What Banks Need To Know About Making The Business Case For IT Training

How can bank CIOs justify the expenses involved in providing training to their employees? It’s all about having the skills that enable the company to make decisions, predict client requirements and profitably manage the business.
May 31, 2013


The ROI Of Training

Josh Haims (pictured at right), Principal, Human Capital Practice, Deloitte Consulting

The workplace has changed considerably in the past five years, and the rate of change is actually accelerated with the inclusion of social media, collaboration tools that are being used internally in organizations, the pressures of regulatory requirements, cloud-based technologies and the emergence of the front-line IT leader as business strategist. Over the past few years, proliferating customer touch points, mobile, social media and other channels are dramatically changing the face of customer engagement with organizations, and technologists must be ahead of those changes.

Learning has shifted similarly. Learning is coming out of the classroom and has become more embedded into the way people work. Concepts of social learning and on-the-job learning are becoming more accepted, creating innovation in learning around organizations being driven by chief learning officers.

We're seeing several areas of innovation in learning and learning for IT and technology organizations. First is nontechnology training, focusing on critical thinking, judgment, relationships and collaboration. More than ever, technologists must have these professional competencies. Next is innovation in the delivery method for training. Immersive learning or experiential simulations, for instance, involve complex learning simulations that bring groups of individuals together in person or on a Web-based platform to learn new skills, processes and workflows that are scenario-based, consequence-driven and allow people to test their mettle in a safe environment with little risk.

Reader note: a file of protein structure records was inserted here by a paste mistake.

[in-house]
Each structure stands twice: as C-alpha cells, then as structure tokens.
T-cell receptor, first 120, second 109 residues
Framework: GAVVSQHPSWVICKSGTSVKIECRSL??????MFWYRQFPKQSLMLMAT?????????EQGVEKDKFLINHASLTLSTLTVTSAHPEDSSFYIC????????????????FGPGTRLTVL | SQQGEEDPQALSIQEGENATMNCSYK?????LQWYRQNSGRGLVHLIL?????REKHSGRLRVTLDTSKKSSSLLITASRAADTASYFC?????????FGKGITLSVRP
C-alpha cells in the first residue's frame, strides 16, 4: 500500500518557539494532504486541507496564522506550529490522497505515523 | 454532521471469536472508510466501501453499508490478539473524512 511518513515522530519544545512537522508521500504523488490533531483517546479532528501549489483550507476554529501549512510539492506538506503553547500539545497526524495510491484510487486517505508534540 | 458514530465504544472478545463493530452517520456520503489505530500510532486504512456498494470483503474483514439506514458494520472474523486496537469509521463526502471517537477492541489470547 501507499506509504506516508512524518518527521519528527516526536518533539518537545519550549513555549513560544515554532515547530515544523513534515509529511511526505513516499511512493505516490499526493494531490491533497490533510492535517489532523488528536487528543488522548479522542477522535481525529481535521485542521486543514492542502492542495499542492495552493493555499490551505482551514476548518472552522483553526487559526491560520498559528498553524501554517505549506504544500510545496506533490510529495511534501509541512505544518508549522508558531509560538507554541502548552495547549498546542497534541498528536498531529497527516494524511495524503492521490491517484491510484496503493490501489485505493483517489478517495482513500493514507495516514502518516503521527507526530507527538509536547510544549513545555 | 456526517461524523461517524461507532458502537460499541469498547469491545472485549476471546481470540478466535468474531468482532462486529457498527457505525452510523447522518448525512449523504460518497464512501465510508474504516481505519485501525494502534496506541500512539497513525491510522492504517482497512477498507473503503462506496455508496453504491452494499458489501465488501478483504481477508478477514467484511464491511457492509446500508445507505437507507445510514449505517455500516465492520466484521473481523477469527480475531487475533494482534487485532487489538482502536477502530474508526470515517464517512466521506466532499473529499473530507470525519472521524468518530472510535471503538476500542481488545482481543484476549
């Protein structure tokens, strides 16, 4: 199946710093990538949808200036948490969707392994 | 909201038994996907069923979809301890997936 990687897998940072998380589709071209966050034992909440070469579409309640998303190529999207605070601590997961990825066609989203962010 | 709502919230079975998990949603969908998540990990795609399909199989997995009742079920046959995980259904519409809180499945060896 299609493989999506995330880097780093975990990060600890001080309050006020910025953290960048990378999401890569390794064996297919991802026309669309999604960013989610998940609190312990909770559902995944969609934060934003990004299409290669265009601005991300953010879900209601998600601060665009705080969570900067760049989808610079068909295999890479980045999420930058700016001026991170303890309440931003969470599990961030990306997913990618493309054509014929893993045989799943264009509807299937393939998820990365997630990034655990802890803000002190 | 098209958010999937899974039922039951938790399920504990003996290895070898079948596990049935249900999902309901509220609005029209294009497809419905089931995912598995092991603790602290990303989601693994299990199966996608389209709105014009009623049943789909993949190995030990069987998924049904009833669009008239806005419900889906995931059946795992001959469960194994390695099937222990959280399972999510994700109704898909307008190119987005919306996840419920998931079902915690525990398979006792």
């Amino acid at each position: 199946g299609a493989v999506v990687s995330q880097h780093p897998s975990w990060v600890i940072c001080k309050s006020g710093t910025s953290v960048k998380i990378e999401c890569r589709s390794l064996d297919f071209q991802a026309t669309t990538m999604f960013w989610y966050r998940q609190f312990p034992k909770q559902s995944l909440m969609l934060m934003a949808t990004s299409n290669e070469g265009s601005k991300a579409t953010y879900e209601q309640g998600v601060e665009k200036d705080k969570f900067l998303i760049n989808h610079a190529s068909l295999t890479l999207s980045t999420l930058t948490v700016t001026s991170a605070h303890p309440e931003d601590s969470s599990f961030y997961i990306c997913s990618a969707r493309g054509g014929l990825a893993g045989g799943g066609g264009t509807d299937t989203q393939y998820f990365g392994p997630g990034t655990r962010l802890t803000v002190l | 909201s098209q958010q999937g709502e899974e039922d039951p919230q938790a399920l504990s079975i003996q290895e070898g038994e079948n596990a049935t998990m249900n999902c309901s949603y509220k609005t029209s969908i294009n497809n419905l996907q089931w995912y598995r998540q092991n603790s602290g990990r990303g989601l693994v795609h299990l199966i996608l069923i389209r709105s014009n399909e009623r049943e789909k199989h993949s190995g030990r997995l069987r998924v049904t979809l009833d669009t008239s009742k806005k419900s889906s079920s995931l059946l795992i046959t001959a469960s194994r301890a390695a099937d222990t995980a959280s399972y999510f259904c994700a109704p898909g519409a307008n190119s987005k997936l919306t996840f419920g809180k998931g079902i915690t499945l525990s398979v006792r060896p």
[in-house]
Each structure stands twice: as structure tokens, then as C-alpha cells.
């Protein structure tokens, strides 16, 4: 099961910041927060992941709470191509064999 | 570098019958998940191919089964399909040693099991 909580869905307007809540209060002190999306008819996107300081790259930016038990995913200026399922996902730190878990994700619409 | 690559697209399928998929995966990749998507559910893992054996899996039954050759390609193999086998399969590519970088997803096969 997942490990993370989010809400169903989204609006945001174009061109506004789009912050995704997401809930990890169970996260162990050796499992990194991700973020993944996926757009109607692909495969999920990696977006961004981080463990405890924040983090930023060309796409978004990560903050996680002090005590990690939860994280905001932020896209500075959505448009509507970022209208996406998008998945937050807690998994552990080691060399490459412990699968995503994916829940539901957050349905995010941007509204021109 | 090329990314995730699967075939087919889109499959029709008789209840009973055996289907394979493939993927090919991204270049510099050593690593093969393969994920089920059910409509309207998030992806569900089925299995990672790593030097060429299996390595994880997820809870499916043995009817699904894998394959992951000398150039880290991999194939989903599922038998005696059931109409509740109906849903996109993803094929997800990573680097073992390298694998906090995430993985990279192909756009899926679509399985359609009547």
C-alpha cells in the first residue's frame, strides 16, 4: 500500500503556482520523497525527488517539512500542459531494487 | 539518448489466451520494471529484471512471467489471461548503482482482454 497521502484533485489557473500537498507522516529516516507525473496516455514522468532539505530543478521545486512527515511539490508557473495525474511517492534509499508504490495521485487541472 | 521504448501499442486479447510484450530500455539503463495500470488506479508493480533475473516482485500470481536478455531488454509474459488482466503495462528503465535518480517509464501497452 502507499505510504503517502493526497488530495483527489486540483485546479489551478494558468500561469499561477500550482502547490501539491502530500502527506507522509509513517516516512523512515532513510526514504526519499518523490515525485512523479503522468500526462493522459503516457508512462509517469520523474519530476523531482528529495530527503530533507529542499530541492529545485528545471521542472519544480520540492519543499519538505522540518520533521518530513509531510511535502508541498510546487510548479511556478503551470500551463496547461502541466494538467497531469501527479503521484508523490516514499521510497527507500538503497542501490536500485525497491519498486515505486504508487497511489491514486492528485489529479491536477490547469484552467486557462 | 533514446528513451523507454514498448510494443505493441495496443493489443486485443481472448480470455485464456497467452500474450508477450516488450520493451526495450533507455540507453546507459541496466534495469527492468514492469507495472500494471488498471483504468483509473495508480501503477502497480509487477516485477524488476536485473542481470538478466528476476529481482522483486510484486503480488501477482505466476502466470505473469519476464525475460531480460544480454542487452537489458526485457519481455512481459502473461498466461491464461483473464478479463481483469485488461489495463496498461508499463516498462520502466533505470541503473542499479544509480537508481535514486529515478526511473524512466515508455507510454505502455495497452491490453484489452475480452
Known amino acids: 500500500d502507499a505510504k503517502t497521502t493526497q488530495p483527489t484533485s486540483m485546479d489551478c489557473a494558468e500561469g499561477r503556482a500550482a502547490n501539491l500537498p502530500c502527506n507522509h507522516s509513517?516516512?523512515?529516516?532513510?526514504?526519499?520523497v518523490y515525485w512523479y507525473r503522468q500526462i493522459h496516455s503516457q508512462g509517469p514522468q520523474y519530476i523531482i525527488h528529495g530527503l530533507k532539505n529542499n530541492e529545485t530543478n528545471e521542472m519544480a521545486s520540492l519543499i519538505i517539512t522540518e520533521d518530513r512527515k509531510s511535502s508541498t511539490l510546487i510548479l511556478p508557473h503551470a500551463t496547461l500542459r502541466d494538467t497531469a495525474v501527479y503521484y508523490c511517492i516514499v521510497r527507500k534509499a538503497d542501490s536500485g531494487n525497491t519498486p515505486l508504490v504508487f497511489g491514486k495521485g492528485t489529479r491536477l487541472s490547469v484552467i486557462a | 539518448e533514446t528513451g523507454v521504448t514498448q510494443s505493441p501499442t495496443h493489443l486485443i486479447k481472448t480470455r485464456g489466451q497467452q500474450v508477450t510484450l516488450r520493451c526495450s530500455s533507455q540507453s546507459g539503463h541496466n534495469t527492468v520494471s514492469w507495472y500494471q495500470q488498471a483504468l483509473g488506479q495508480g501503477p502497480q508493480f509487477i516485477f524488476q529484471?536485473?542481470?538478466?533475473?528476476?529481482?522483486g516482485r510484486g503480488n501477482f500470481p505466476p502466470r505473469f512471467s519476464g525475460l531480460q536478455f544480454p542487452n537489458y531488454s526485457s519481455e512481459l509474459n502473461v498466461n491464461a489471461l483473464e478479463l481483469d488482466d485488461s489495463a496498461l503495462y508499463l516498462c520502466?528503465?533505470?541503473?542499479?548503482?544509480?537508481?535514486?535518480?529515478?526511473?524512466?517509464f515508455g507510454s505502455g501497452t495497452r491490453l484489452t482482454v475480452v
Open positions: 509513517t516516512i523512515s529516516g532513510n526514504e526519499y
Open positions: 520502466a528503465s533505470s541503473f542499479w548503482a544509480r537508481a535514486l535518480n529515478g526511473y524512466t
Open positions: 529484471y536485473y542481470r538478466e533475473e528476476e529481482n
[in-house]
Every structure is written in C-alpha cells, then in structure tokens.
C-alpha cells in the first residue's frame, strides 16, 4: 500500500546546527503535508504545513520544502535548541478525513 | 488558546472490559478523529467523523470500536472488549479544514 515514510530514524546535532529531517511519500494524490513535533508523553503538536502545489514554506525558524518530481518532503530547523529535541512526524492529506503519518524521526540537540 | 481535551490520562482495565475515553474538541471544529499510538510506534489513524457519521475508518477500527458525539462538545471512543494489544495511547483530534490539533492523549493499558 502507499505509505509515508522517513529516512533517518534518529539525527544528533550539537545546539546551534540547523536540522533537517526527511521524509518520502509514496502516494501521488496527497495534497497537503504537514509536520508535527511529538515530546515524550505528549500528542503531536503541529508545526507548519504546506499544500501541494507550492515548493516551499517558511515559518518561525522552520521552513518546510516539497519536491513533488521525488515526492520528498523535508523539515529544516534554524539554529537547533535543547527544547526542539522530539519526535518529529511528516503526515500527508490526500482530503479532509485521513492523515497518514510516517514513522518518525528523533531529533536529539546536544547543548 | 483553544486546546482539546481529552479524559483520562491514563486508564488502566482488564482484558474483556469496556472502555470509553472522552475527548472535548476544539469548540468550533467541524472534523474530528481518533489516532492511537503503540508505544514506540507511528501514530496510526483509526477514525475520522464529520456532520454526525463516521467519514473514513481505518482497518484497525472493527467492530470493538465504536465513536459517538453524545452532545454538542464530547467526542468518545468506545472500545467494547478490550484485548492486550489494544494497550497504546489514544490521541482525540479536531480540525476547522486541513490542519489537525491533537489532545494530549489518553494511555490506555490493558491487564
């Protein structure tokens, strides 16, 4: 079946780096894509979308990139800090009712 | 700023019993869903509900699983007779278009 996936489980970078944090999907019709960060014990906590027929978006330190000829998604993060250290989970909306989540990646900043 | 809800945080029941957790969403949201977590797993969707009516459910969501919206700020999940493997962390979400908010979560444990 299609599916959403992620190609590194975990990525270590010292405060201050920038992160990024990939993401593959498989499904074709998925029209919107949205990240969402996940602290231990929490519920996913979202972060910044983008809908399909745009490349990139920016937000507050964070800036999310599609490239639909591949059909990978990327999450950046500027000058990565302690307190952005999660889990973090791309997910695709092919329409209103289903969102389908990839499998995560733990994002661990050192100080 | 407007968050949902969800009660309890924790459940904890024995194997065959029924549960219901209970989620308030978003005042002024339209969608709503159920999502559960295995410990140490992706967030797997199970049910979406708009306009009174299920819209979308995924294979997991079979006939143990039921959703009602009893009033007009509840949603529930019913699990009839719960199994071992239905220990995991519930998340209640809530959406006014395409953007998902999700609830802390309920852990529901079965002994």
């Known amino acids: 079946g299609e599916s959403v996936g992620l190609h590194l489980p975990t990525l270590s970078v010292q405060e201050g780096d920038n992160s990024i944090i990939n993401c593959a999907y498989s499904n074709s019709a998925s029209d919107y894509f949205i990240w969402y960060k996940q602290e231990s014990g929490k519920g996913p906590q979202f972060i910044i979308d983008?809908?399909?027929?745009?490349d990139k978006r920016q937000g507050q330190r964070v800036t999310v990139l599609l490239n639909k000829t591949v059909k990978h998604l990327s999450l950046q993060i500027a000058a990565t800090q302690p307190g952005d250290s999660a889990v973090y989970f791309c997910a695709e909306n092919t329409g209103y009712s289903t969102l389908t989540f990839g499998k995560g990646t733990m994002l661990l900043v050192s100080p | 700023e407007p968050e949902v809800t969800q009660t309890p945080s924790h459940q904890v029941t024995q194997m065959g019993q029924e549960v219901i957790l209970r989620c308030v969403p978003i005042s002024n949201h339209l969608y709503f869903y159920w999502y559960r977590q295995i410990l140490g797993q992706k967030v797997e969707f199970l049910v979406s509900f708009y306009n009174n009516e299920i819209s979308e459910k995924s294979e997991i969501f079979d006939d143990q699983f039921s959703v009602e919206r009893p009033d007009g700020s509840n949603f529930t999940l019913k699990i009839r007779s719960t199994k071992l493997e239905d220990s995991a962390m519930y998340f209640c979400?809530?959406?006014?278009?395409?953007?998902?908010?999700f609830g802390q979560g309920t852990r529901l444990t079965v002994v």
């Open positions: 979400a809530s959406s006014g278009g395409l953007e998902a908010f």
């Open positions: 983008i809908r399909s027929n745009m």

Innovation that focuses on customer experience is another area. Technology learning in the past tended to focus on systems you need to use to execute processes. That still exists, but leading organizations are now looking at customer touch points, how you interact with internal and external stakeholders, and what the critical touch points are. Apply the technology needs in training to customers' needs, creating a much higher-impact training experience and a better outcome for customers, whether they're internal or external clients.

If banking executives do not support the development of their IT professionals, they risk not being in tune with or ahead of their customers who are demanding more technology-enabled solutions. Today, the success of organizations is so heavily reliant on technology to make decisions, to predict client requirements, to manage the business and to interact with clients. That's how to justify training costs. The ROI is in the future of your business being successful.

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